What our spies don't know.
TNR / Eli Lake

About ten days after the start of Iran's insurrection, I asked a senior administration official what, if anything, the White House knew about the people behind the demonstrations. His reply: "I think it is fair to say senior administration officials are busily trying to understand how the opposition is generated and where it came from." In other words, there's a lot about the protesters we still don't know.

 This is not the first time U.S. intelligence has been caught off guard by an Iranian movement. A CIA estimate from August 1978 concluded, "Iran is not in a revolutionary or even a pre-revolutionary situation." Five months later, the world watched the first Islamic revolution.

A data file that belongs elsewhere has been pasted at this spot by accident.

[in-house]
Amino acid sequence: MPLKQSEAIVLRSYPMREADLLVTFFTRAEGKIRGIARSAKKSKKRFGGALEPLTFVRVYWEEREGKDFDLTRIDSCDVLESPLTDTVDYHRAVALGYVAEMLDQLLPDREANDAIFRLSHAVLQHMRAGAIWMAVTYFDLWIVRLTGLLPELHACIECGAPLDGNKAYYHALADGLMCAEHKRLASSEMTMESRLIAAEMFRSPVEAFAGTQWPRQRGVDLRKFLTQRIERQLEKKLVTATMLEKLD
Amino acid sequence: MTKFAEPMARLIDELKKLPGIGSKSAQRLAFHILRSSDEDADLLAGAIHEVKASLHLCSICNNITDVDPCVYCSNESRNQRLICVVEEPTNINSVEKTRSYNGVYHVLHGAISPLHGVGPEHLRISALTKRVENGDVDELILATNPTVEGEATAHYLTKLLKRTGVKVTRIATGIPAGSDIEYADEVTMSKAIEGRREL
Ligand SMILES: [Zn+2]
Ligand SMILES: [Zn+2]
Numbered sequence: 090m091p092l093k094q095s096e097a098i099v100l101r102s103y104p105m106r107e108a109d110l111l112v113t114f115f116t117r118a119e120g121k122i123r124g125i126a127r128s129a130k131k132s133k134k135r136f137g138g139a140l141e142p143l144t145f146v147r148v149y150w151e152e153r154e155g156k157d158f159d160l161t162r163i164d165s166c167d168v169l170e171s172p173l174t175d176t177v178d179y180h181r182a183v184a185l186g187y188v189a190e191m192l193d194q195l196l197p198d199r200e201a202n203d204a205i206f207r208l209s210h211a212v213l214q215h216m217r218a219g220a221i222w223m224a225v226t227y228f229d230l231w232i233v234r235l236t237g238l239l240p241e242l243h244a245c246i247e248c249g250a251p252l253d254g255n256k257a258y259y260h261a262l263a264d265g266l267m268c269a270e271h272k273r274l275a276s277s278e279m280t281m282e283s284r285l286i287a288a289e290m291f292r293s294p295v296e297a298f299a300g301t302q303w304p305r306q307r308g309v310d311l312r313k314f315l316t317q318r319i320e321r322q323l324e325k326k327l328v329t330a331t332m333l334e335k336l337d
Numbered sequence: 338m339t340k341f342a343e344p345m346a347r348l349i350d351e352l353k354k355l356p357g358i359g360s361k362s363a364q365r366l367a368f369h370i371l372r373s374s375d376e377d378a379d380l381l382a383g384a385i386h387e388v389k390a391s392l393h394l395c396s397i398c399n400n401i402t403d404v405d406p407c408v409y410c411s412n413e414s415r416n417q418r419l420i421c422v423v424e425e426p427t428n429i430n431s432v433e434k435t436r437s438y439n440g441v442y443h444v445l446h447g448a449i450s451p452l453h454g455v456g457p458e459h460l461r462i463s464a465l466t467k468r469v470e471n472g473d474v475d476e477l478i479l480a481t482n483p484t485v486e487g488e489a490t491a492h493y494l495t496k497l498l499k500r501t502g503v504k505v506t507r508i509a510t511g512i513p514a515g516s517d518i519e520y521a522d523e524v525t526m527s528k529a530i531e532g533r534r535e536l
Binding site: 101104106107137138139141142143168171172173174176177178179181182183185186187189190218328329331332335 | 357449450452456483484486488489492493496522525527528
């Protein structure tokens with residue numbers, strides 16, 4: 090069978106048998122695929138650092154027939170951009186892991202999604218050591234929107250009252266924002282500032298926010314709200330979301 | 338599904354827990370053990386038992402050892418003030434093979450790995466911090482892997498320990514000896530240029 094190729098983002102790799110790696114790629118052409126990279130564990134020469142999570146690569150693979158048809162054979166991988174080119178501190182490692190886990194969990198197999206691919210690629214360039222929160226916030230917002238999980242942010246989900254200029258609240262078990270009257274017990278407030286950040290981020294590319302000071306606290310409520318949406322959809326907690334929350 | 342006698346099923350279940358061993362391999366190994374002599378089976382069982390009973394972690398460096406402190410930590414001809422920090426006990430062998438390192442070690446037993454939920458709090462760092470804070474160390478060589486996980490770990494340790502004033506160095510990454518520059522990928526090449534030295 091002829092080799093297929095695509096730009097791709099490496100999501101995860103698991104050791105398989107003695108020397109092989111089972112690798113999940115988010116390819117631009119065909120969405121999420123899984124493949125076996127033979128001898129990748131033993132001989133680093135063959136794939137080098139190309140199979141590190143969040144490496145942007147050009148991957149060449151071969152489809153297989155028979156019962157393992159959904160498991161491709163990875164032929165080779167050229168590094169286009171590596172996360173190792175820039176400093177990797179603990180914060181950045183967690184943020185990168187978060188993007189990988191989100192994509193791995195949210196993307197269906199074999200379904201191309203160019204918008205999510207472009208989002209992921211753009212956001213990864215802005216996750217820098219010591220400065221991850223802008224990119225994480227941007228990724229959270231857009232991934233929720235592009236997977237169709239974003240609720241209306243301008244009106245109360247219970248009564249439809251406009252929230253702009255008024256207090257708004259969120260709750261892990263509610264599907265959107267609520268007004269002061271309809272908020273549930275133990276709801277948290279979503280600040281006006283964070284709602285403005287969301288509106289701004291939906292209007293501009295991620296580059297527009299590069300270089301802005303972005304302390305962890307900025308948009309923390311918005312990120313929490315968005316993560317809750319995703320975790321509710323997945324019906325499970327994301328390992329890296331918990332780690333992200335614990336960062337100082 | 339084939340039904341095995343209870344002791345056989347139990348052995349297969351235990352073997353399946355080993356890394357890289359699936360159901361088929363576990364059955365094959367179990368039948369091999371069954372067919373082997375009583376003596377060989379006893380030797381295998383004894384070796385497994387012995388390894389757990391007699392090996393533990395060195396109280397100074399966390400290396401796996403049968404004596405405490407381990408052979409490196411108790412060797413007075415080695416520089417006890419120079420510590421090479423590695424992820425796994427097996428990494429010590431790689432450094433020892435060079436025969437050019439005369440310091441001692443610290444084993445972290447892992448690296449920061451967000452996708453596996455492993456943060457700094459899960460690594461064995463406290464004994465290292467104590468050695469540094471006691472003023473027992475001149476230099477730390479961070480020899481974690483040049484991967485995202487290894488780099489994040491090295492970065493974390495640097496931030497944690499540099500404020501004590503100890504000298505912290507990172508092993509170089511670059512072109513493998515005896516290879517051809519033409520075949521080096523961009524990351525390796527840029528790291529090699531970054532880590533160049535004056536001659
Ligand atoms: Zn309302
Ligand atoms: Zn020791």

Part of the problem today is that most of our spies are focused on Iran's nuclear program and the regime's support for international terrorism. Along those lines, the U.S. military was able to acquire detailed information about the explosives Iran exported to the Iraqi insurgency between 2006 and 2008. By comparison, our spies have been largely disinterested in recent years when it came to Iran's democracy movement. It was left, for example, to private citizens to help Ahmad Batebi--who graced the cover of The Economistduring the 1999 student uprising--escape to the Unit... >>>

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